by Rick Warren — January 6, 2022
“Six days you shall labor, but on the seventh day you shall rest; even during the plowing season and harvest you must rest."
Exodus 34:21 (NIV)
Jesus said in Mark 2:27, “The Sabbath was made for man, not man for the Sabbath” (NIV). In other words, it’s God’s idea that you take a day off every seven days for rest, recreation, worship, and restoration. He did this for your own benefit—so you don’t burn out.
But in our modern society, many people don’t take a Sabbath. Even on their days off, they’re working. Many people who attend a church service go home afterward and get right back to work, finishing all the things they didn’t get done during their workweek. That’s not a Sabbath!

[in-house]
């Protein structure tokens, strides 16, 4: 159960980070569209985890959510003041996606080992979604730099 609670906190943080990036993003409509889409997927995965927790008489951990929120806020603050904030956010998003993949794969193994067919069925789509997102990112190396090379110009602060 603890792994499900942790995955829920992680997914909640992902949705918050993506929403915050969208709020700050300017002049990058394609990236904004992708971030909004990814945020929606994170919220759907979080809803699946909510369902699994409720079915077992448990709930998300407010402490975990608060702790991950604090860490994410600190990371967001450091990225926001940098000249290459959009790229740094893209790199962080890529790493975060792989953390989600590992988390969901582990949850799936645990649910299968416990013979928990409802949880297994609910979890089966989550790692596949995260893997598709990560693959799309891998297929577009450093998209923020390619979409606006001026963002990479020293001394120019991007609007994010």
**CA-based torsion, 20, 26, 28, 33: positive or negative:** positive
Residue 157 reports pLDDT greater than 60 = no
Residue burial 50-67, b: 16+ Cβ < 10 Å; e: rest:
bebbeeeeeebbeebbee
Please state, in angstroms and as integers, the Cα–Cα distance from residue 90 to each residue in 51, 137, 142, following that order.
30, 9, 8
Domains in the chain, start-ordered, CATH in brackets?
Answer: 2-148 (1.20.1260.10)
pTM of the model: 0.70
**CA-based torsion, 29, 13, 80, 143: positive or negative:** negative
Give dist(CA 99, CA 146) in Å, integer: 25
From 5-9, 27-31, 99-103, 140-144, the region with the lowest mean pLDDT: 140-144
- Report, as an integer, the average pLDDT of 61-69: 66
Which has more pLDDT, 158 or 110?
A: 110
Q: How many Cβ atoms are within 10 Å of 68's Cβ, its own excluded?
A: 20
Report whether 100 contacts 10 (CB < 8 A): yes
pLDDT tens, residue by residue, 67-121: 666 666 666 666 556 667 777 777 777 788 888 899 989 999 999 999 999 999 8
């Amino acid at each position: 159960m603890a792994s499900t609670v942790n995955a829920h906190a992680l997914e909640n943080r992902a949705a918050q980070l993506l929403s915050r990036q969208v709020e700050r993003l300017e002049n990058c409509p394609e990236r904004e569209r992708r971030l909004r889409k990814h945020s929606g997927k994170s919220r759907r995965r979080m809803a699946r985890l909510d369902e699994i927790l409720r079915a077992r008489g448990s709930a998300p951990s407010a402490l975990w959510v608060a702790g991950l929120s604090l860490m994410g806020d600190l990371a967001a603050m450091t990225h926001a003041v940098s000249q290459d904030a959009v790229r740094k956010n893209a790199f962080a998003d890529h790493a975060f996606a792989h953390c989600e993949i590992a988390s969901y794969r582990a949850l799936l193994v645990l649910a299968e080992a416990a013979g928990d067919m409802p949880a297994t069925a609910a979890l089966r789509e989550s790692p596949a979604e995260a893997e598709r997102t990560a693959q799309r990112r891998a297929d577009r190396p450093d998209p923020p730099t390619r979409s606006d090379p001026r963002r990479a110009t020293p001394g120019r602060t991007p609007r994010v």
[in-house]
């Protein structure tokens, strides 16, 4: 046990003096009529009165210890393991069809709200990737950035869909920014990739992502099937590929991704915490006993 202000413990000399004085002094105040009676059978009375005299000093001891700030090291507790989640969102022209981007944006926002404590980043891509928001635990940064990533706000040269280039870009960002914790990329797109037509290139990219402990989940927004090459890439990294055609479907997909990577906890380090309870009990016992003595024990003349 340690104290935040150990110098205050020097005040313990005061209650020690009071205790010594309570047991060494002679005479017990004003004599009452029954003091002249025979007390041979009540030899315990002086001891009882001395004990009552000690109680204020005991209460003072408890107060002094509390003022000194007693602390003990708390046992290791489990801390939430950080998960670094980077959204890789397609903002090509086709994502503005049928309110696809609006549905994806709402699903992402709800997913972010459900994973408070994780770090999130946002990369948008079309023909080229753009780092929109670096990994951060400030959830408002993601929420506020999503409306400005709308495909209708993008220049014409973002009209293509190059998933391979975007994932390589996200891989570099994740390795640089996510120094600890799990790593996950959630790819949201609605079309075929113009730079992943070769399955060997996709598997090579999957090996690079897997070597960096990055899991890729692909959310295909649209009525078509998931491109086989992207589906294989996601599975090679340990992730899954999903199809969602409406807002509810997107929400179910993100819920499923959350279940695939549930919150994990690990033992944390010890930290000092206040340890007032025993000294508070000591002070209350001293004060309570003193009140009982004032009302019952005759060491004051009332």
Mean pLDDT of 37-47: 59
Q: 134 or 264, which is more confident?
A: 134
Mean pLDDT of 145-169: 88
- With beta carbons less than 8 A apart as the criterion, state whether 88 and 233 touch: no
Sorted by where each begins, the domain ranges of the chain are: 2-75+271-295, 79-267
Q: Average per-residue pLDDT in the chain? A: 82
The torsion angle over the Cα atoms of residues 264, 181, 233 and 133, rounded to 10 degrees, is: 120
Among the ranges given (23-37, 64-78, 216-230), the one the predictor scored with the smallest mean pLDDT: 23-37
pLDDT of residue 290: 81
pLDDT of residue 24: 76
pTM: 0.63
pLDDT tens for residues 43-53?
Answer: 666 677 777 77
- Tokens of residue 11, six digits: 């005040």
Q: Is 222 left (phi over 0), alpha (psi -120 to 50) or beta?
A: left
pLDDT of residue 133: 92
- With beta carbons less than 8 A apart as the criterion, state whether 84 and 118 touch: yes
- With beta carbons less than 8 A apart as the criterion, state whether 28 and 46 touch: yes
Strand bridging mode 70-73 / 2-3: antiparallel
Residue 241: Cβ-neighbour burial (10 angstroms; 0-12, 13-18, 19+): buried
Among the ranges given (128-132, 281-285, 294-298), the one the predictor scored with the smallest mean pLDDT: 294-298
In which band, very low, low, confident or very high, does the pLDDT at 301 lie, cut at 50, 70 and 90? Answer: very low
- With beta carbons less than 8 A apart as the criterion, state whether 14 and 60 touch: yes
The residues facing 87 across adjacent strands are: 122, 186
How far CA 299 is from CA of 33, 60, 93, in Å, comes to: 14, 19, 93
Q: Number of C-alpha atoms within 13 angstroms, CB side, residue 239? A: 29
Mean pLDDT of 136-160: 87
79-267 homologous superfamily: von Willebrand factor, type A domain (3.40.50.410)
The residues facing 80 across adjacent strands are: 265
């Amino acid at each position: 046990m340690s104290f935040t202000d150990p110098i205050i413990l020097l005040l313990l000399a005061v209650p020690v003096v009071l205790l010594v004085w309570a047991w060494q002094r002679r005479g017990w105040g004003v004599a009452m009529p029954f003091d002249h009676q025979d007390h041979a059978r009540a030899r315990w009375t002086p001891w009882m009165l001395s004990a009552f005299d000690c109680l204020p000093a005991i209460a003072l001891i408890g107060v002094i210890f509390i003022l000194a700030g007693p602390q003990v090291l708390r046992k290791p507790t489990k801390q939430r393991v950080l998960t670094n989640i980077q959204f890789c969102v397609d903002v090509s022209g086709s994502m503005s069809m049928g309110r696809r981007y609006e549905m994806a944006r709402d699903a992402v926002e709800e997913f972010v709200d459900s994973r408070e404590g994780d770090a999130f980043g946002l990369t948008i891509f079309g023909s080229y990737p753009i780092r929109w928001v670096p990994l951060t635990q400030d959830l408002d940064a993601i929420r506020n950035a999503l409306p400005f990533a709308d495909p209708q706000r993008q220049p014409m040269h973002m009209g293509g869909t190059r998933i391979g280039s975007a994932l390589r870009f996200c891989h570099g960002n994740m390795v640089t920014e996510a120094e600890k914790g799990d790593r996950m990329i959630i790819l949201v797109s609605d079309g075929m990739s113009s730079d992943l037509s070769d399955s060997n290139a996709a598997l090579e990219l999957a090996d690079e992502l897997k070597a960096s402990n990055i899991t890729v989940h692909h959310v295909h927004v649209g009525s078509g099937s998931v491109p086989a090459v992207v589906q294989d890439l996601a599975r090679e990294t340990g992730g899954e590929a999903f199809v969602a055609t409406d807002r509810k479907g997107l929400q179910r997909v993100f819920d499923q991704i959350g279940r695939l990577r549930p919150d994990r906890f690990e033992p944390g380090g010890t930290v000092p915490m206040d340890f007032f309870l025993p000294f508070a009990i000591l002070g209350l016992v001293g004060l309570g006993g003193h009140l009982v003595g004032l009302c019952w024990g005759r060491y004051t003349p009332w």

This is what it means to have a Sabbath: “Six days you shall labor, but on the seventh day you shall rest; even during the plowing season and harvest you must rest” (Exodus 34:21 NIV).
Even in your busiest season, God wants you to take a day of rest. You may be a tax accountant, but you still have to take a day off during tax season. You may work in retail, but you still have to take a day off during the Christmas season. Even a farmer must take a day off during the harvest or planting season.
What are you supposed to do on your Sabbath?
- Rest your body. Sometimes the most spiritual thing you can do is take a nap.
- Refocus your spirit. Spend time in worship.
- Recharge your emotions. Do something that restores and reenergizes you, like a hobby or a sport.
It doesn’t really matter which day is your Sabbath. It does matter that you are obedient. You may not rest just because your spouse or your boss tells you to take a break. But you must rest when God commands it—and he always knows what’s best for you.